My last update that we will have time for today deals with yet another millionaire. A multi-millionaire whose name perhaps is better known than Mr. Schultz’s. Mitt Romney who once ran for president, didn't do it very well, for the republicans of course. He is very proudly sitting at the top. One of the richest senators in the United States Senate which has an awful lot of rich people in it. But he became well known even more over recent weeks when he filed a bill in the Senate. Now get this. To prevent the United States government from relieving students of student debt. That's right. What an interesting contrast with Alexandria. Alexandria Ocasio-Cortez who gave an impassioned speech on the floor of the House where she's a representative explaining to those who would pay attention what it means when a 17-year-old person eager to get into college agrees to sign up for a loan whose implications and consequences they couldn't possibly understand partly because no one has ever explained it to them.

But you know rich people denying the power of the government to relieve their debts, that's kind of how the wealthy and the poor treat each other. That is the poor have few weapons so they can't treat the rich anywhere near as badly as the rich treat them. What were the arguments? Well he's concerned about fairness to students. I'm not going to laugh. I'm just going to remind you that there is very little in the history of Mr. Romney to indicate that care for poor students has ever been a major concern. And that's as far as I'll take it. But let's see what unfairnesses he doesn't care about. Back in 2017 we had one of the biggest tax cuts rammed through by the then Republican-controlled White House and Congress. The tax cuts were enormous and they went mostly to corporations and the rich. Now Mr. Romney would have known for sure being a person in the finance business that giving everybody a tax cut doesn’t discriminate here we go between the rich and the poor those who need a tax cut and those who don’t. He never said a word to that effect. He didn't care about the fairness. He just wanted the tax cut. The IRS allows if you can't pay your taxes something called the Fresh Start Program or the Offers in Compromise where they relieve some of your back taxes because you really can’t pay for them. If you listen to Mr. Romney he doesn't want to relieve the debts of students because that wouldn't be fair to the students who've already paid. Oh really? That’s what you're concerned about, the fairness? The IRS doesn't relieve the people who paid their taxes because it helps out those who can’t, does it? And you've never said a word about that. If the Supreme Court decision about Roe versus Wade becomes law there will be all kinds of poor people who can't afford to go to a state where it's legal compared to people who have money and will. You didn't worry about that fairness either or at least you kept mum. No, no you don't care about fairness. You know what you care about? You're worried that letting students off their debts will let everybody else begin to think about getting off their debt and then rich people will have to make up the difference of all that money that goes back and isn't collected from the poor. And that's all you've ever been in favor of. That's why you're a republican. That’s why you make these kinds of comments. You’re worried. You want to pit some students against others. You want to weaken the movement to relieve the students. So you come up with a fairness doctrine. Very convenient. Very selective. Shame on you.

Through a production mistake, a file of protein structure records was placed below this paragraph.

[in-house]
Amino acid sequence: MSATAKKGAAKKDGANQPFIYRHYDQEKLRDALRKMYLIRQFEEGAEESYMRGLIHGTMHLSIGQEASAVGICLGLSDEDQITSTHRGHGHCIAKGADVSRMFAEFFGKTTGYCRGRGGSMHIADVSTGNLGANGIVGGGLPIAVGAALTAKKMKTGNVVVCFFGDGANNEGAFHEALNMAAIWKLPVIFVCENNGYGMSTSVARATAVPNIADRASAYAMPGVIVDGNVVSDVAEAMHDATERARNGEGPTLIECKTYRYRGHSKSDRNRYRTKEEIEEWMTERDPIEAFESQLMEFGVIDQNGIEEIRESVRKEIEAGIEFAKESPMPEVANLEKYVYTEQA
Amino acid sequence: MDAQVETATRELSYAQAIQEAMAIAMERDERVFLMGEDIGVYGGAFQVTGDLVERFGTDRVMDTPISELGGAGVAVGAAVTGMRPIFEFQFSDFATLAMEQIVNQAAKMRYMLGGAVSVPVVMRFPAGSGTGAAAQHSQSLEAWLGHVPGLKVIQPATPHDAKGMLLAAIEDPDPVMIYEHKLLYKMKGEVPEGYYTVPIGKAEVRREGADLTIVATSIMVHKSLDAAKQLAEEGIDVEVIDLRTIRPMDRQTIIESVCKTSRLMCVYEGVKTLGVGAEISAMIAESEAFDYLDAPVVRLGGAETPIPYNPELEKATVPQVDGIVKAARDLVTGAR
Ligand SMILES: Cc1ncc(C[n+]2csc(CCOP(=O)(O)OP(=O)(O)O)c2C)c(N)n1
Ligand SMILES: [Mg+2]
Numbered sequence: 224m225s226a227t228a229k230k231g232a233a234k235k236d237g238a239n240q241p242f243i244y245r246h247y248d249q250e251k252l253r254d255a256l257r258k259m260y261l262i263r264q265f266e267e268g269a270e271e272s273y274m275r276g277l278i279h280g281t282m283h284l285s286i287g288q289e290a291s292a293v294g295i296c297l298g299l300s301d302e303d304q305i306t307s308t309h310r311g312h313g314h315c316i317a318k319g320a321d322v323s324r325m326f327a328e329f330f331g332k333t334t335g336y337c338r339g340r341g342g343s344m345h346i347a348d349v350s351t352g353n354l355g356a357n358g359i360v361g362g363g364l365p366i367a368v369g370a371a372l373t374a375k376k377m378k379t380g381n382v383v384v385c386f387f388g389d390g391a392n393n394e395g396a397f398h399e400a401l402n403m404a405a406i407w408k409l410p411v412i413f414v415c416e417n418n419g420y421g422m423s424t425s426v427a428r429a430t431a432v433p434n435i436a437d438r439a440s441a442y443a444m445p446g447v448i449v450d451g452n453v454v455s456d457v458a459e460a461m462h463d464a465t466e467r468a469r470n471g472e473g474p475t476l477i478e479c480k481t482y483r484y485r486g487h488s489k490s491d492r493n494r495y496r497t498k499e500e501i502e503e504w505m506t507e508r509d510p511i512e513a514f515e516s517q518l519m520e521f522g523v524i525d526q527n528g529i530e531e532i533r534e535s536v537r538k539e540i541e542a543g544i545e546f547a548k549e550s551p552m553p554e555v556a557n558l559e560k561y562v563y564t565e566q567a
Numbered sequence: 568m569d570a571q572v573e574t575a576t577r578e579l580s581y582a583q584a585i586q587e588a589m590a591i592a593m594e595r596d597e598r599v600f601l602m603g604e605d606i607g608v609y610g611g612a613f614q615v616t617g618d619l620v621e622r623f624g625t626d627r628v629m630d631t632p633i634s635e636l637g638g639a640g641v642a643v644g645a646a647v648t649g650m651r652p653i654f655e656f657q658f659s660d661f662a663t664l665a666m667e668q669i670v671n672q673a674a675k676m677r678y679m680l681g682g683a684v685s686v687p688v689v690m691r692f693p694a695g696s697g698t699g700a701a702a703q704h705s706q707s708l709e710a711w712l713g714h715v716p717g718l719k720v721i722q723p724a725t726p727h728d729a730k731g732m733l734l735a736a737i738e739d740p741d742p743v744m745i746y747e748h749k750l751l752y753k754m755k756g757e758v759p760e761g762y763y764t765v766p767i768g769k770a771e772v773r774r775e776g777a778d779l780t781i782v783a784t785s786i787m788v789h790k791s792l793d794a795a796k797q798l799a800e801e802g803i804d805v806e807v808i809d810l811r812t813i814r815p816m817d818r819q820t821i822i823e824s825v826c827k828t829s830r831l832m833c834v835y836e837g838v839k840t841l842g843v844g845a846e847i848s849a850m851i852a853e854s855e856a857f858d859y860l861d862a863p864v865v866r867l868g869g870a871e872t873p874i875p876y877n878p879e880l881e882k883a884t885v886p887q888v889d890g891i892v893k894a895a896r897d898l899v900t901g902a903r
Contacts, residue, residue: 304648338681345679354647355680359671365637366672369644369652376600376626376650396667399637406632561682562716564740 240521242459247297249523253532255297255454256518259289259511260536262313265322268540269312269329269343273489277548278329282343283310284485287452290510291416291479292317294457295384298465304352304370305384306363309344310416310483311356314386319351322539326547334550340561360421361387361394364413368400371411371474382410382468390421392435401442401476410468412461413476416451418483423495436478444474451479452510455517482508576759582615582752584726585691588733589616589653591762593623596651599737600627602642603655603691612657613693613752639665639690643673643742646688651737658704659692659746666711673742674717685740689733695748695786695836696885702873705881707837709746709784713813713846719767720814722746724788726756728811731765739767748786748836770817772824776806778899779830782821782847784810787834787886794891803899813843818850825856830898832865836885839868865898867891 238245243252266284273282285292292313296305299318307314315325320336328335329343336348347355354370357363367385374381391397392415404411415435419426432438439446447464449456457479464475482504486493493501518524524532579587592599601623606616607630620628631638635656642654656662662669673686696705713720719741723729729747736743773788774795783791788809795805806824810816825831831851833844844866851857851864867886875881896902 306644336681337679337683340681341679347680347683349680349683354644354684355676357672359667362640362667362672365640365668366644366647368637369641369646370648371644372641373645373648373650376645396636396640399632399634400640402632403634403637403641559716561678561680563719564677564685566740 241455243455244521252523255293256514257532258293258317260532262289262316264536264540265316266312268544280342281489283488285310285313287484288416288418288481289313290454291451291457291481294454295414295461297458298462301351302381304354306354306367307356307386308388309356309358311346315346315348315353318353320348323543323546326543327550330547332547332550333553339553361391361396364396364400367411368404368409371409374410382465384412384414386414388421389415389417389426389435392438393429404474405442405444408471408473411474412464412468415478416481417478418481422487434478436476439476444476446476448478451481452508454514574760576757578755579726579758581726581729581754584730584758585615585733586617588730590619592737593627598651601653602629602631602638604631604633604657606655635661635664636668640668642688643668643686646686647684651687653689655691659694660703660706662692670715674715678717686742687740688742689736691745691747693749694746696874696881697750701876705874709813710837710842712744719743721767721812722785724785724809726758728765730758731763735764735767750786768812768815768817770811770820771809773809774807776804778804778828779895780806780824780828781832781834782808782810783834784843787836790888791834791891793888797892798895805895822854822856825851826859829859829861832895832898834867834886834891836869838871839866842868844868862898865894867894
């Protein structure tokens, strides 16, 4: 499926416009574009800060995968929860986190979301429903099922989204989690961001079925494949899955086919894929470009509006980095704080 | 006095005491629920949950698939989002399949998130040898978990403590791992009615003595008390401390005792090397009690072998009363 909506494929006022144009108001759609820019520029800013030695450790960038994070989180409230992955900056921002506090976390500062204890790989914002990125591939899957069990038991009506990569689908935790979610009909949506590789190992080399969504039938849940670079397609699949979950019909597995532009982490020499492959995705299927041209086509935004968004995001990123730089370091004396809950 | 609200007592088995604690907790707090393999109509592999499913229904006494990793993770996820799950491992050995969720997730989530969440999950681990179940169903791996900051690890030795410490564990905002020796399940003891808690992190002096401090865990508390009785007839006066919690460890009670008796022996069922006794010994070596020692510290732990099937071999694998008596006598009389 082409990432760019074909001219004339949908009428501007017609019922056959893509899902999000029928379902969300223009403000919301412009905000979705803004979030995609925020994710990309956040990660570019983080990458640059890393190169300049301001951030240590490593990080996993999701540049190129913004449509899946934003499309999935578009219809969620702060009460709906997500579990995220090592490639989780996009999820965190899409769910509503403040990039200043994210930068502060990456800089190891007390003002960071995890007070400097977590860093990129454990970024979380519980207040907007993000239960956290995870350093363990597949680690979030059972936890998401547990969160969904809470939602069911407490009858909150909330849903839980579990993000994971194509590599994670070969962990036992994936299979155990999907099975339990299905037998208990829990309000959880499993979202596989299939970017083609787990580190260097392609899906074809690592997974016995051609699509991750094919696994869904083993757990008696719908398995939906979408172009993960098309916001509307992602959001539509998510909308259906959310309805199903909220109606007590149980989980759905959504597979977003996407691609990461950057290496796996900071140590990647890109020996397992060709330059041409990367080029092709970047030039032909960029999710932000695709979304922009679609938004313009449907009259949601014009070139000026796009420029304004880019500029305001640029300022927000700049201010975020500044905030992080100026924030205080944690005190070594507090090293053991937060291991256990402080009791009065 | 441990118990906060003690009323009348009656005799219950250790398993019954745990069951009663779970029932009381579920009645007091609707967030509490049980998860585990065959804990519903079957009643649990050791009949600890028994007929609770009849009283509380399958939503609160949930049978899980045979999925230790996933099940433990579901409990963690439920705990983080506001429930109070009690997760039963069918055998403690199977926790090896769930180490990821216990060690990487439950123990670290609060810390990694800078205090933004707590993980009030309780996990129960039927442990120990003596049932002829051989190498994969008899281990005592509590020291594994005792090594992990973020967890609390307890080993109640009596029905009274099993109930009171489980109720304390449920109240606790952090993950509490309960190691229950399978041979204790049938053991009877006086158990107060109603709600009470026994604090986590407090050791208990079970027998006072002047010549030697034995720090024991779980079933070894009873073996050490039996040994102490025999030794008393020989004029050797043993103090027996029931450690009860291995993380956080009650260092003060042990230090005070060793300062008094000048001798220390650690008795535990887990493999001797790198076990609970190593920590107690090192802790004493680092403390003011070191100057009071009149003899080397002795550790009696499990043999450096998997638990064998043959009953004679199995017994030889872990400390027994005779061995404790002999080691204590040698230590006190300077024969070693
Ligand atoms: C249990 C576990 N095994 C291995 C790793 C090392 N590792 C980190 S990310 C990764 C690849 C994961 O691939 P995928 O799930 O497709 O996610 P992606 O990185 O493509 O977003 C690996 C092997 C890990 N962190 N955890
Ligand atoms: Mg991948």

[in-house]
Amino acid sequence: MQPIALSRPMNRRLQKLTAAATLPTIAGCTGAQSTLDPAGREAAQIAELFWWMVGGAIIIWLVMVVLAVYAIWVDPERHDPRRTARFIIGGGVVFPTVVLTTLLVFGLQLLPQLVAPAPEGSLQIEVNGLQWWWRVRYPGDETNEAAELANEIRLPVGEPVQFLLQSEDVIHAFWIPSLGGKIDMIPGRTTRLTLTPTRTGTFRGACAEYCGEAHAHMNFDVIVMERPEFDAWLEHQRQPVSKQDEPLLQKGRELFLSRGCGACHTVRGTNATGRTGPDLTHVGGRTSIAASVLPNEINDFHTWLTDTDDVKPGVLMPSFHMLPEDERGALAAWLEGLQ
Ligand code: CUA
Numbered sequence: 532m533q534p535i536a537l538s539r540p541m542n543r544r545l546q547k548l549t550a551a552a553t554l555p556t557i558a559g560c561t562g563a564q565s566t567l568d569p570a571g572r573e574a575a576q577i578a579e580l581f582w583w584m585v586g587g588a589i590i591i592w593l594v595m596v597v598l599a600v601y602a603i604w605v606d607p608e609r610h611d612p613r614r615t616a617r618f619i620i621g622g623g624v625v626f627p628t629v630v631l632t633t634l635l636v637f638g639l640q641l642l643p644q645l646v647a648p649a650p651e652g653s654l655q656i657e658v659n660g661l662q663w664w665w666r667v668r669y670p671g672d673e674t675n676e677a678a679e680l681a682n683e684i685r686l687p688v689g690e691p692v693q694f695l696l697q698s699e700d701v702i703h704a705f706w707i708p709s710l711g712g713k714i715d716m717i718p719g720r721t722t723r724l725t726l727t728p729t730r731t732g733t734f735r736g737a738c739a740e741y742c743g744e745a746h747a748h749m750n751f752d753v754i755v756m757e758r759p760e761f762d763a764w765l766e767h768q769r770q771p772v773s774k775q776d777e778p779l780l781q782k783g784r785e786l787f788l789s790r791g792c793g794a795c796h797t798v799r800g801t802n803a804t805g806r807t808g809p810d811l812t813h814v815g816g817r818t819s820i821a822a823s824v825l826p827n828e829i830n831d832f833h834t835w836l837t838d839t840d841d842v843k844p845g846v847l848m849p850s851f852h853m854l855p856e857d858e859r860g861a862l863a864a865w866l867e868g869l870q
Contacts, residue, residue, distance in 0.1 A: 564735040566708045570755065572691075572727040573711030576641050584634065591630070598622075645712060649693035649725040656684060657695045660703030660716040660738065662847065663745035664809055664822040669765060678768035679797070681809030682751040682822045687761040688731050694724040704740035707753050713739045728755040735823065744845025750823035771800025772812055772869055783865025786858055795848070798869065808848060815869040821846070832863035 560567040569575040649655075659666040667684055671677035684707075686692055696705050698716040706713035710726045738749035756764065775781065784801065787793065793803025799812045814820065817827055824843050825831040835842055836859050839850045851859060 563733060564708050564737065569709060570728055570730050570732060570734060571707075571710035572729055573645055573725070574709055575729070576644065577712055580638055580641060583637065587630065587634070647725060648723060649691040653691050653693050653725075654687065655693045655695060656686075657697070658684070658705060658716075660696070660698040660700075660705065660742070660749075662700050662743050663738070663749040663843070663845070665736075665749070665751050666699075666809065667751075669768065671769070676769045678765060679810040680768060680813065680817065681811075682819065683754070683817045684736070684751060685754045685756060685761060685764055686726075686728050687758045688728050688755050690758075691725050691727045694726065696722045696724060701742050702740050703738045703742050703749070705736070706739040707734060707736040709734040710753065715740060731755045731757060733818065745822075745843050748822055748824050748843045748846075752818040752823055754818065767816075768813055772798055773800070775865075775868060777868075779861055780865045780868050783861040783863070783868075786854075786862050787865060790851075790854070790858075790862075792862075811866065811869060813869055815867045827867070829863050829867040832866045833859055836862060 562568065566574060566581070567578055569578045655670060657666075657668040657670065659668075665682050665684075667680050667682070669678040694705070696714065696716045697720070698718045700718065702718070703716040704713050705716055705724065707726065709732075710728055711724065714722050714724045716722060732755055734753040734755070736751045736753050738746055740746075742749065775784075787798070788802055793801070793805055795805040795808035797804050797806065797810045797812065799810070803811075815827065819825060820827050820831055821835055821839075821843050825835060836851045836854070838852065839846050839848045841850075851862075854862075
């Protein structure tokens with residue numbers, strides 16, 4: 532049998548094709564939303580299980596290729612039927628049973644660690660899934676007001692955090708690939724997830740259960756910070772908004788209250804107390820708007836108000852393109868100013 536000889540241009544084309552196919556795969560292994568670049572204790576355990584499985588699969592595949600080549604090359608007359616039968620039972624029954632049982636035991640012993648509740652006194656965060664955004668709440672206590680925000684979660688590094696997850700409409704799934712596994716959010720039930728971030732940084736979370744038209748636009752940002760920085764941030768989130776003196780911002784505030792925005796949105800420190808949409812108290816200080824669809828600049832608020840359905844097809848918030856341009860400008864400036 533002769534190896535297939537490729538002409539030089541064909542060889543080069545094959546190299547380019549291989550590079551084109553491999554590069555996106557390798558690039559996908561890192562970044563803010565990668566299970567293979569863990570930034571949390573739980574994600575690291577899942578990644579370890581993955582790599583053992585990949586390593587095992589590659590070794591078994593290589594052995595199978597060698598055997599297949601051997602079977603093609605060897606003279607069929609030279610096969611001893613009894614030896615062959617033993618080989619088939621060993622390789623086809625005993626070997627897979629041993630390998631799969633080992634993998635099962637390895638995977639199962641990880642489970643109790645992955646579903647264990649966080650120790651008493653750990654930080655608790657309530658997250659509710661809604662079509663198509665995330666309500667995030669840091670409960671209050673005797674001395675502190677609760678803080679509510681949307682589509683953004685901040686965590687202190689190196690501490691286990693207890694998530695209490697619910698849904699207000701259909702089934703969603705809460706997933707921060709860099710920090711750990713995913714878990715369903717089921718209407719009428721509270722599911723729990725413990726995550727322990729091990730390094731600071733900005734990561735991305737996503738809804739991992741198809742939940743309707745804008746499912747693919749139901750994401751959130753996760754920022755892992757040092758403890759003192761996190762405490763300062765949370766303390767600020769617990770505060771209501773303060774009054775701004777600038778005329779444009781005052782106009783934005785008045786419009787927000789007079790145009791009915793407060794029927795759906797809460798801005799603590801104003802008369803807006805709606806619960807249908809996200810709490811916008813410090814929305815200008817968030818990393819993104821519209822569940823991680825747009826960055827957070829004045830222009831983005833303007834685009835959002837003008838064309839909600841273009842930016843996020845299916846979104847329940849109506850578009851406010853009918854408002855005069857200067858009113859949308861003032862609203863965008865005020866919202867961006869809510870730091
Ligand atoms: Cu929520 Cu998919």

We've come to the end of today's program. I hope you found these Economic Updates interesting. I certainly learned a lot from preparing them. And as always I look forward to speaking with you again next week.

Transcript by Alyssa Bonilla

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Showing 1 comment

  • Edward Dodson
    commented 2022-06-08 12:17:00 -0400
    On the subject of inflation, I find myself constantly repeating myself. The starting point for most of inflation is the societal failure to capture the rent of land and other natural assets. Both Marx and Smith told us that if rent was fully captured to pay for public goods and services, there would be no rental income stream to be capitalized into a selling price for land (or other natural assets, such as frequencies on the broadcast spectrum). This savings in the cost of land would then be passed on throughout the economy. Housing prices would fall to the actual value of the housing unit (i.e., its replacement cost, less depreciation). Many other costs would fall significantly, without reducing the wages or legitimate returns to those who invest in goods production.